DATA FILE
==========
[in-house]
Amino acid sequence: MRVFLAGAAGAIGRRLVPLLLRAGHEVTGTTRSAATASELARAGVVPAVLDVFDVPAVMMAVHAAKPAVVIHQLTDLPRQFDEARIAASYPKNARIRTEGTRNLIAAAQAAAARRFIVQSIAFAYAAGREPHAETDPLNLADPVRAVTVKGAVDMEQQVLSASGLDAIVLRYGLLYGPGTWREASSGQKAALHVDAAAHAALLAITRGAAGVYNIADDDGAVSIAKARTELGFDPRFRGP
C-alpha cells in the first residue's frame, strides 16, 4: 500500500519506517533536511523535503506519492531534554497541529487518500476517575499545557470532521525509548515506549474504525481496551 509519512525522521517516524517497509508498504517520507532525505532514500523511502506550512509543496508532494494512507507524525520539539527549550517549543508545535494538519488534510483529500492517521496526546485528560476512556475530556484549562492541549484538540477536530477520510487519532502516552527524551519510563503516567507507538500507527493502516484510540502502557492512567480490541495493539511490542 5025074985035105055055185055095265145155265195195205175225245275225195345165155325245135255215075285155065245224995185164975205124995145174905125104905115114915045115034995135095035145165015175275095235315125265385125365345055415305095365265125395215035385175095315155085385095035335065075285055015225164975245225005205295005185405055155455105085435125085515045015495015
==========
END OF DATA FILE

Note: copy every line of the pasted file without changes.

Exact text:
[in-house]
Amino acid sequence: MRVFLAGAAGAIGRRLVPLLLRAGHEVTGTTRSAATASELARAGVVPAVLDVFDVPAVMMAVHAAKPAVVIHQLTDLPRQFDEARIAASYPKNARIRTEGTRNLIAAAQAAAARRFIVQSIAFAYAAGREPHAETDPLNLADPVRAVTVKGAVDMEQQVLSASGLDAIVLRYGLLYGPGTWREASSGQKAALHVDAAAHAALLAITRGAAGVYNIADDDGAVSIAKARTELGFDPRFRGP
C-alpha cells in the first residue's frame, strides 16, 4: 500500500519506517533536511523535503506519492531534554497541529487518500476517575499545557470532521525509548515506549474504525481496551 509519512525522521517516524517497509508498504517520507532525505532514500523511502506550512509543496508532494494512507507524525520539539527549550517549543508545535494538519488534510483529500492517521496526546485528560476512556475530556484549562492541549484538540477536530477520510487519532502516552527524551519510563503516567507507538500507527493502516484510540502502557492512567480490541495493539511490542 5025074985035105055055185055095265145155265195195205175225245275225195345165155325245135255215075285155065245224995185164975205124995145174905125104905115114915045115034995135095035145165015175275095235315125265385125365345055415305095365265125395215035385175095315155085385095035335065075285055015225164975245225005205295005185405055155455105085435125085515045015495015